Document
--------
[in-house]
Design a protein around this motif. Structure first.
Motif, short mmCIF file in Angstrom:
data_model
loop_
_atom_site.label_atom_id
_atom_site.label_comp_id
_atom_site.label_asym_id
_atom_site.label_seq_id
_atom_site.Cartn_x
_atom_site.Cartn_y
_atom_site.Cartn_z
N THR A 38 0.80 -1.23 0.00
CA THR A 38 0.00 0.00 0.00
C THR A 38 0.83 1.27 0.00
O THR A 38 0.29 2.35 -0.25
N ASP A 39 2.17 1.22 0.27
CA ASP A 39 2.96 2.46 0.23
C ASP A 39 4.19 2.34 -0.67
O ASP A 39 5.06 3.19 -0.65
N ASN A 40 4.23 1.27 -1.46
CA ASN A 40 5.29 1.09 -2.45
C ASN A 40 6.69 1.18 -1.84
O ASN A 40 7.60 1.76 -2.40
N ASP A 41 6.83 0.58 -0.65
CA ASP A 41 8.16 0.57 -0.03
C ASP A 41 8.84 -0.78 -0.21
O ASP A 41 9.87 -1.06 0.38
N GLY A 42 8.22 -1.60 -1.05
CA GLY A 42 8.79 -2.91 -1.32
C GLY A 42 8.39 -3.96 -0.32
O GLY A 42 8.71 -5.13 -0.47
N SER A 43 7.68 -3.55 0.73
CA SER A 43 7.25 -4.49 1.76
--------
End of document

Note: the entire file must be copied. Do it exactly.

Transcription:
[in-house]
Design a protein around this motif. Structure first.
Motif, short mmCIF file in Angstrom:
data_model
loop_
_atom_site.label_atom_id
_atom_site.label_comp_id
_atom_site.label_asym_id
_atom_site.label_seq_id
_atom_site.Cartn_x
_atom_site.Cartn_y
_atom_site.Cartn_z
N THR A 38 0.80 -1.23 0.00
CA THR A 38 0.00 0.00 0.00
C THR A 38 0.83 1.27 0.00
O THR A 38 0.29 2.35 -0.25
N ASP A 39 2.17 1.22 0.27
CA ASP A 39 2.96 2.46 0.23
C ASP A 39 4.19 2.34 -0.67
O ASP A 39 5.06 3.19 -0.65
N ASN A 40 4.23 1.27 -1.46
CA ASN A 40 5.29 1.09 -2.45
C ASN A 40 6.69 1.18 -1.84
O ASN A 40 7.60 1.76 -2.40
N ASP A 41 6.83 0.58 -0.65
CA ASP A 41 8.16 0.57 -0.03
C ASP A 41 8.84 -0.78 -0.21
O ASP A 41 9.87 -1.06 0.38
N GLY A 42 8.22 -1.60 -1.05
CA GLY A 42 8.79 -2.91 -1.32
C GLY A 42 8.39 -3.96 -0.32
O GLY A 42 8.71 -5.13 -0.47
N SER A 43 7.68 -3.55 0.73
CA SER A 43 7.25 -4.49 1.76